Everything you see here, from the documentation to the code itself, was created by and for the community. WordPress is an Open Source project, which means there are hundreds of people all over the world working on it. (More than most commercial platforms.) It also means you are free to use it for anything from your recipe site to a Fortune 500 web site without paying anyone a license fee and a number of other important freedoms.
Prior to version 3, WordPress supported one blog per installation, although multiple concurrent copies may be run from different directories if configured to use separate database tables. WordPress Multisites (previously referred to as WordPress Multi-User, WordPress MU, or WPMU) was a fork of WordPress created to allow multiple blogs to exist within one installation but is able to be administered by a centralized maintainer. WordPress MU makes it possible for those with websites to host their own blogging communities, as well as control and moderate all the blogs from a single dashboard. WordPress MS adds eight new data tables for each blog.
Often beginners ask us: Why should I use WordPress? Isn’t my old site good enough? Why do I need to switch to WordPress? If you’re asking these questions, then you’re at the right place. In this article, we have compiled a few reasons why you should use WordPress, in what ways you can use WordPress, and who is using WordPress.
– When I start using new software or a new application, I find it’s useful to start with a clean slate. Throw out all my preconceptions and ideas, and assume I know nothing about the application, and that everything is new to me. And the first question I ask is always the same, “What is this?” or in our case, “What is wordpress?” Because of the history of wp, this question is crucial. WordPress is often perceived as being a simple blogging application, but in reality it’s so much more.
wp powers a full 43% of all websites online today, and one in every four new websites created runs WordPress. Suffice it to say, WordPress is a popular web-creation tool. To give you an idea of just how diverse the WordPress universe really is, let’s take a look at some sites currently running WordPress. To see a list of these sites, and other sites running WordPress, you can go to wordpress.org/showcase.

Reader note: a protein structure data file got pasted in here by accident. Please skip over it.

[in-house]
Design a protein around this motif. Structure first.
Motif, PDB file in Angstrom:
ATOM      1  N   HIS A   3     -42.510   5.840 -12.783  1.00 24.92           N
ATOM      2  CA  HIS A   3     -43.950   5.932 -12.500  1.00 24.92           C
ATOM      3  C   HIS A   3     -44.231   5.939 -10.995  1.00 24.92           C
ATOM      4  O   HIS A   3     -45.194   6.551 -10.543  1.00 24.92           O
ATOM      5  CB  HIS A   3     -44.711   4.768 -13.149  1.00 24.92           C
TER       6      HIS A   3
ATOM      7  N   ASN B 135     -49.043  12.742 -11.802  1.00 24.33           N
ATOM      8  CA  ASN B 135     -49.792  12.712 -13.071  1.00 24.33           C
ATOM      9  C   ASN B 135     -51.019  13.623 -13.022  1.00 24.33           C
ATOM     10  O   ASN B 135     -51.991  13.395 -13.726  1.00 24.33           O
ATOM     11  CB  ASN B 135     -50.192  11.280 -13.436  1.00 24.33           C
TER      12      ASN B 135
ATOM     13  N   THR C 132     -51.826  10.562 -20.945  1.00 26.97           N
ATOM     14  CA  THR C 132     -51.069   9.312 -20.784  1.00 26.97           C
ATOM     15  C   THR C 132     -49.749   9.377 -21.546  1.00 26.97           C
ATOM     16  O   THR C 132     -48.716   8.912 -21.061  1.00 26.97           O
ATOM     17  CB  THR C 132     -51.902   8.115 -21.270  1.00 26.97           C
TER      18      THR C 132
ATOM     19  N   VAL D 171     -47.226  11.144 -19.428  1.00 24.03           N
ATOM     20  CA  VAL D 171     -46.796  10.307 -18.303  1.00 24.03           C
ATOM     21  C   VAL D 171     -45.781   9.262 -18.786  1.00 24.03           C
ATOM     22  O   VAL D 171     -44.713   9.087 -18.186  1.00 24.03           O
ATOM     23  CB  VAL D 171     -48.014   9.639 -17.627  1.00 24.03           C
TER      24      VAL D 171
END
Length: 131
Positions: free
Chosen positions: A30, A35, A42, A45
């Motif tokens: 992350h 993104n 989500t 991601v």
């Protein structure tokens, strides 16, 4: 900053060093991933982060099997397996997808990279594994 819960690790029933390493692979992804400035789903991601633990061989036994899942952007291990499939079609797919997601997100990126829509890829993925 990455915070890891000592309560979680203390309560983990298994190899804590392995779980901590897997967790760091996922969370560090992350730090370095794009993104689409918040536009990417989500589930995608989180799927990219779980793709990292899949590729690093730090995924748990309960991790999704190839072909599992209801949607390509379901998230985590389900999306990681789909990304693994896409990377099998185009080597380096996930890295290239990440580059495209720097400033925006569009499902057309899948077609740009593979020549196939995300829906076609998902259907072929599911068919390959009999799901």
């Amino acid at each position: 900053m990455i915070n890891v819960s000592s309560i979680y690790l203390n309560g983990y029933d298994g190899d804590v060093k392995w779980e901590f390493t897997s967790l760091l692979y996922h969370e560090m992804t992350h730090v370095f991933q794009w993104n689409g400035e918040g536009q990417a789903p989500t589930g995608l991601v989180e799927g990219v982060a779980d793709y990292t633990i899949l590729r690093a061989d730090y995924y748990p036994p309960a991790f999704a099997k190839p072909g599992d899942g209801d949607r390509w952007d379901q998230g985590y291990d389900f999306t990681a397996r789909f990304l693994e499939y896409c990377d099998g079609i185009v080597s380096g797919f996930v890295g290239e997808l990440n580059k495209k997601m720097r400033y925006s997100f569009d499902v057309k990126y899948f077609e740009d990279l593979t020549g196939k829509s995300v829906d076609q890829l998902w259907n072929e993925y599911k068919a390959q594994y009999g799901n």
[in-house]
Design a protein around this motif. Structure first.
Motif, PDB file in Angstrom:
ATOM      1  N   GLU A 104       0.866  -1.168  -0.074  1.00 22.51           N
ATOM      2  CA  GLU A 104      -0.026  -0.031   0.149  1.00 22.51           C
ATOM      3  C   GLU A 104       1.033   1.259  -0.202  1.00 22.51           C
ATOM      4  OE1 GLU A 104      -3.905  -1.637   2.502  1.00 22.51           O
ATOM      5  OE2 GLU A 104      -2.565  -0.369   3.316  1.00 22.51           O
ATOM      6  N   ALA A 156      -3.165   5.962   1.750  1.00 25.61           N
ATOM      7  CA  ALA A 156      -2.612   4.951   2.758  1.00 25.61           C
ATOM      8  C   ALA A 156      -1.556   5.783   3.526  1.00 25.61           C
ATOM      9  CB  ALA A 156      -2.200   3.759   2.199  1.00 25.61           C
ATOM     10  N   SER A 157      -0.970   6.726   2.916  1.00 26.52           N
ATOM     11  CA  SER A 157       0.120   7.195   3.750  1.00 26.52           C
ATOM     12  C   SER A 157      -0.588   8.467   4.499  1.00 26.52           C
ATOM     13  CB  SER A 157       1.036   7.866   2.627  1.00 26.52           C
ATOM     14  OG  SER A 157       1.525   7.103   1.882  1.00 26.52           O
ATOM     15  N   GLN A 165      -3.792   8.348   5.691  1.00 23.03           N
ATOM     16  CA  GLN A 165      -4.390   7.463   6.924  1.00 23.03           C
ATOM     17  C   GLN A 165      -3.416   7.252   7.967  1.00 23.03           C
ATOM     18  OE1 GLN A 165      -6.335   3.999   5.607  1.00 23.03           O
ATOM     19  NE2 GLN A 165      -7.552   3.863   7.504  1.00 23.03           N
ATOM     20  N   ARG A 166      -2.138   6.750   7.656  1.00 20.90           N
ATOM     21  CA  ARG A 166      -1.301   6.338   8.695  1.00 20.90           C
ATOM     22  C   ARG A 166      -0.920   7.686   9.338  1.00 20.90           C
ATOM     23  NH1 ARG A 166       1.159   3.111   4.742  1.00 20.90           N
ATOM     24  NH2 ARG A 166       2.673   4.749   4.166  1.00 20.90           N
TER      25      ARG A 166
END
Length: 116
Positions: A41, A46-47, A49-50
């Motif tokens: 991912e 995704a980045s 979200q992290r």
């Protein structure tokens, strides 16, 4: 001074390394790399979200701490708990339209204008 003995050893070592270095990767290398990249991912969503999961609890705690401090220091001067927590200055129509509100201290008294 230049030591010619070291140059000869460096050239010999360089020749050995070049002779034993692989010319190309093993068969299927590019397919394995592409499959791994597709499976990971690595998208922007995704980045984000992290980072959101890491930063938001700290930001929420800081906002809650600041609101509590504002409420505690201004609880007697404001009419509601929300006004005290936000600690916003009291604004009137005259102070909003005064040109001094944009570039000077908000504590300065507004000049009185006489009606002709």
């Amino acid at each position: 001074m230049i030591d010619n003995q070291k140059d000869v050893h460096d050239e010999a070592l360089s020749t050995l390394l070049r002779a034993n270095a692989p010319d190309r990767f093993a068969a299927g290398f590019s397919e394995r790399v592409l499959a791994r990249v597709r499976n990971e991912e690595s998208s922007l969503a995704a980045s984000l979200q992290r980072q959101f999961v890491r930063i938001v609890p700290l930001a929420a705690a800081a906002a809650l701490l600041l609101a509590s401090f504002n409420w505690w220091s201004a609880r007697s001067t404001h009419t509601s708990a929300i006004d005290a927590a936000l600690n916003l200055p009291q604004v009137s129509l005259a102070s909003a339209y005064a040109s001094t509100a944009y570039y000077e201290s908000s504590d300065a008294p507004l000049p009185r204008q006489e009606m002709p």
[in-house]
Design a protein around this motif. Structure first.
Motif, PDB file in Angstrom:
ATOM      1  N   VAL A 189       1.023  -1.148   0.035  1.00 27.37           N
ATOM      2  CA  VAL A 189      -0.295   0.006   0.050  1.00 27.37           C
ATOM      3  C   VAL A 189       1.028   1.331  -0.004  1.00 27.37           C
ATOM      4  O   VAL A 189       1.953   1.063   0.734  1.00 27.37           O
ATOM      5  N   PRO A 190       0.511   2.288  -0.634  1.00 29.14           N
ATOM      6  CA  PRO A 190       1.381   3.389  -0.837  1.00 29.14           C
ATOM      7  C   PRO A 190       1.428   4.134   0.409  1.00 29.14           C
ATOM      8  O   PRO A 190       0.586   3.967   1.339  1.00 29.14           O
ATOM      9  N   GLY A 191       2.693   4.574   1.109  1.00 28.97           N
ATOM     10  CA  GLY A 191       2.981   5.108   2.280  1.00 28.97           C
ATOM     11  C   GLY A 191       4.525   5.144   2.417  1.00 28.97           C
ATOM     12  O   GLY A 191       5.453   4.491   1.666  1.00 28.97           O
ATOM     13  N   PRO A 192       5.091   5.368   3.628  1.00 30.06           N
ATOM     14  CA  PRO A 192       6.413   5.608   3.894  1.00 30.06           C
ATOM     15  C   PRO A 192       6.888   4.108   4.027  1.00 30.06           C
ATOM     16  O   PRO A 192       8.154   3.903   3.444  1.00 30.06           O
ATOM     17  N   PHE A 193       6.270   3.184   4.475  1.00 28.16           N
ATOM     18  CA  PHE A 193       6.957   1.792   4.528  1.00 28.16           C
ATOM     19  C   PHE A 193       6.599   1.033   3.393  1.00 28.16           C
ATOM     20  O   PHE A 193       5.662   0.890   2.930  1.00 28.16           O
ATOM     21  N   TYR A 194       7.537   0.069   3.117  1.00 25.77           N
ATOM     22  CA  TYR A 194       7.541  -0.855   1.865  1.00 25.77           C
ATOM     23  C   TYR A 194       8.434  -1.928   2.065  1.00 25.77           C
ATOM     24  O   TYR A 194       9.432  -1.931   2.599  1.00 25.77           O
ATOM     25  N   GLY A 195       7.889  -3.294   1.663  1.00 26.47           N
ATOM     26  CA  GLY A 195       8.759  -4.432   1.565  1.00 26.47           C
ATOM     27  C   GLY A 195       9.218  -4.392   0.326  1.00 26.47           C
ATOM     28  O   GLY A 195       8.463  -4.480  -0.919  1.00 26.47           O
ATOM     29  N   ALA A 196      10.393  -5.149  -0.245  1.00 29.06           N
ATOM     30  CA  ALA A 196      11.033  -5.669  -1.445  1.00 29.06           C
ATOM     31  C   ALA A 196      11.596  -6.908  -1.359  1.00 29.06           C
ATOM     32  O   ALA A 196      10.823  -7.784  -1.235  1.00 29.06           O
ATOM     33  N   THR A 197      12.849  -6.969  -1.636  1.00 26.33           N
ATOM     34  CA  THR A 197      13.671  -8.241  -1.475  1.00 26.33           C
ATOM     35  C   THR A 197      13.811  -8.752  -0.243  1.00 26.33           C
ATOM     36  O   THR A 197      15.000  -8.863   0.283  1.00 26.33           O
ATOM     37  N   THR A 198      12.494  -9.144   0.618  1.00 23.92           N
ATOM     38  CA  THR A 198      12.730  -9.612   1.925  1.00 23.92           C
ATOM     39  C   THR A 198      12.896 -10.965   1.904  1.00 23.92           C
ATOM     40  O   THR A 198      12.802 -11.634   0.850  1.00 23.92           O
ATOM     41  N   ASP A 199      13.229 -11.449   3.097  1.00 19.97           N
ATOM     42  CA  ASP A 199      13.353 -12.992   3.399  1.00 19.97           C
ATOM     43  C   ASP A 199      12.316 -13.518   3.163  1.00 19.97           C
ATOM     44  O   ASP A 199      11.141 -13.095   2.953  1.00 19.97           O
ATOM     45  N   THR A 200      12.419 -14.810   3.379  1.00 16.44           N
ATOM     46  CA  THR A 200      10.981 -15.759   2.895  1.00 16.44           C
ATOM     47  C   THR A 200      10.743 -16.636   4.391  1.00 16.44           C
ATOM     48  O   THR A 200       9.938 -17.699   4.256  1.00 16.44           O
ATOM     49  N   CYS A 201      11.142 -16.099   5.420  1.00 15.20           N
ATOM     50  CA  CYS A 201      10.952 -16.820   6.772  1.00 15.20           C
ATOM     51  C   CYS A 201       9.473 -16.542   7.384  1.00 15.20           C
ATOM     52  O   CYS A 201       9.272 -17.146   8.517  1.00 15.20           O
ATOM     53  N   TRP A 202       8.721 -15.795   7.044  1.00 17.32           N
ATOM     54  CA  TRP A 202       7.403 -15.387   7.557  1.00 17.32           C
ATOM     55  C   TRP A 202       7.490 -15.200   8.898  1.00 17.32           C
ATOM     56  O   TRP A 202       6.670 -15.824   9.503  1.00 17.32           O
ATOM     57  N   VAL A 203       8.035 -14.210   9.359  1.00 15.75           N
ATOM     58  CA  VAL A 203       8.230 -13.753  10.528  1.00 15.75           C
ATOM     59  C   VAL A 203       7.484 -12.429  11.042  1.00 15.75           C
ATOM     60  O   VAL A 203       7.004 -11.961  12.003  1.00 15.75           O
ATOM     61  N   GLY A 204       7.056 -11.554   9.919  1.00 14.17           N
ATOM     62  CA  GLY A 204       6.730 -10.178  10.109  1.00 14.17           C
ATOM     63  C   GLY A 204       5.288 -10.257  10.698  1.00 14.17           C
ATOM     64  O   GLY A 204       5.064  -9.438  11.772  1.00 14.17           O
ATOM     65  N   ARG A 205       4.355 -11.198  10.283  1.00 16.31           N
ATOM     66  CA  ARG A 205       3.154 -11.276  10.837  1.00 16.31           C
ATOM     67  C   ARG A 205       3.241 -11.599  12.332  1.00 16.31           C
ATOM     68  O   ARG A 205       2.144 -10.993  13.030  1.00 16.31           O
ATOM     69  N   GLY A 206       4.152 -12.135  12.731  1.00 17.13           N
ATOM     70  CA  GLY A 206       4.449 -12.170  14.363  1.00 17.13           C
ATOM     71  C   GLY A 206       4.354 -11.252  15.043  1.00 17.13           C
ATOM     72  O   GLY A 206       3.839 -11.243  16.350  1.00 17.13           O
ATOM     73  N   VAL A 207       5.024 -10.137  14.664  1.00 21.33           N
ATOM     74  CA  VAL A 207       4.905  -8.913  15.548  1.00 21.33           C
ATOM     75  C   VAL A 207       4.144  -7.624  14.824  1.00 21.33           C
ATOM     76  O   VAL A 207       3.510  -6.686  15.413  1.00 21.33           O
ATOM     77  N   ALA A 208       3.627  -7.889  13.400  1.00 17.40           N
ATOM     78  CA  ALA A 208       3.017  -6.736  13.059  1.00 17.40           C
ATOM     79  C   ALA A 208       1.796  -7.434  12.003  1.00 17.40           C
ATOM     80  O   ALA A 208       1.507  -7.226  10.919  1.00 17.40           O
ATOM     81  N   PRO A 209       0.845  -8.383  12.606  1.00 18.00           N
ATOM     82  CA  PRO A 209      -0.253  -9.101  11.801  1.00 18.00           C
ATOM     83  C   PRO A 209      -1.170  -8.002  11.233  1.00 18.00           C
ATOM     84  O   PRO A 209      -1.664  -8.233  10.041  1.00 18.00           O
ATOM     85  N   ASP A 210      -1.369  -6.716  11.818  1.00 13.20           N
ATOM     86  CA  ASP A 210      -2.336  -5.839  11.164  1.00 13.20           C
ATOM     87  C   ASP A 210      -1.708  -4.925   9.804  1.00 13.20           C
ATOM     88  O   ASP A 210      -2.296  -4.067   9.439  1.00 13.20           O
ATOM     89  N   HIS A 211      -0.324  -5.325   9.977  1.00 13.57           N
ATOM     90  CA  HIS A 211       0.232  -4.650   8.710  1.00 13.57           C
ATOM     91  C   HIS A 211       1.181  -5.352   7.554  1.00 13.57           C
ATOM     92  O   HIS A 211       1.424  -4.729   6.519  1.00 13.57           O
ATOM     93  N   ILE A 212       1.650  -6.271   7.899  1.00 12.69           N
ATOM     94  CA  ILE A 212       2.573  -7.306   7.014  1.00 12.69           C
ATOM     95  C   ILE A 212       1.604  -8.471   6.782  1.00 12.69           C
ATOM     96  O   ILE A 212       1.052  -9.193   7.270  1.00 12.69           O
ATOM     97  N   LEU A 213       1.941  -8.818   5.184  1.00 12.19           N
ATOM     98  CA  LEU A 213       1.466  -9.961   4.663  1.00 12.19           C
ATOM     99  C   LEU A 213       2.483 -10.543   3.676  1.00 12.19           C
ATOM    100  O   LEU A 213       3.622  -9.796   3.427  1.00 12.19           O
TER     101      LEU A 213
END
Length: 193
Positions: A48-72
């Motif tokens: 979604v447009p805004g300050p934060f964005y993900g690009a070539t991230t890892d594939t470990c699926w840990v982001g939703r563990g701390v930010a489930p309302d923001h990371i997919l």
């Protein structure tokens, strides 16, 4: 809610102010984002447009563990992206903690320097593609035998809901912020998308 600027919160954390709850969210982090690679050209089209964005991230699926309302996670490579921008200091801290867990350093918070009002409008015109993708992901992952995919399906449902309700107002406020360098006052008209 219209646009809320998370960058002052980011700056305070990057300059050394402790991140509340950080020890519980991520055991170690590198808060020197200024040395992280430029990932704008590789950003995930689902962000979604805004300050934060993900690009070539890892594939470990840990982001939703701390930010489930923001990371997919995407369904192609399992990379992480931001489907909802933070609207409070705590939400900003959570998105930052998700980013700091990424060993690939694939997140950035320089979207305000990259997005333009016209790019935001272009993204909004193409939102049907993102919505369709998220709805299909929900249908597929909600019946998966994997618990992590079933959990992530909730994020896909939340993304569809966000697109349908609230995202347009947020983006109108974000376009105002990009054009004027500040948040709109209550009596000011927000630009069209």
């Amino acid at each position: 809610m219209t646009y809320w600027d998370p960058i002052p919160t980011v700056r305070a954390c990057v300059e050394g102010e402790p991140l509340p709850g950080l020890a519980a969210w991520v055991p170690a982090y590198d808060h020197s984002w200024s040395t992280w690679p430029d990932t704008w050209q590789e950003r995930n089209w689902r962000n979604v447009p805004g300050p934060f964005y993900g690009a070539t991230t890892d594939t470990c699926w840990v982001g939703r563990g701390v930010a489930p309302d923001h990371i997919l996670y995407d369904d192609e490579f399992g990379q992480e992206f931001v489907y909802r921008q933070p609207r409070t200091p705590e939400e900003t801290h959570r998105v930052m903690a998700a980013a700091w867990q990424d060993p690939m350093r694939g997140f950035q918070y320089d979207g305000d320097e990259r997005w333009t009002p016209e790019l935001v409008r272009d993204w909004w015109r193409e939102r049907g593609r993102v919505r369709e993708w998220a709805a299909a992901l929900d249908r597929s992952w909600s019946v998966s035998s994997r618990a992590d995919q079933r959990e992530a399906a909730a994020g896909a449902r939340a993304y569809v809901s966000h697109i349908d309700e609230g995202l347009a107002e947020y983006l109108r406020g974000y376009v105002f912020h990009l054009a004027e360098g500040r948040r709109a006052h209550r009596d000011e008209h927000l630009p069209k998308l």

WordPress is developed with security in mind, so it is considered quite safe and secure to run any website. However, just like the real world, the internet can be an uncertain place.
This article gives a great overview on the monetary costs to run a WordPress site and on why and how WordPress as a software can be used free of charge. There is, however, a “hidden” cost implied in running a WordPress powered site successfully, and that would be the gaining of knowledge (resp. the time and energy required to gain knowledge). As with all great tools, WordPress won’t do the magic for you alone. You will have to learn how to use it right. Which themes and plugins are safe to use and abide the WordPress Coding Standards, so they won’t mess up your installation? How to test new plugins to make sure they behave well? (Ever tried WP_DEBUG true in a test environment?) How to backup your site and restore it from a backup if something went wrong. All of that could be named a cost, too, because in order to succeed you will either have to do it yourself, or hire an expert (or service) to do it for you.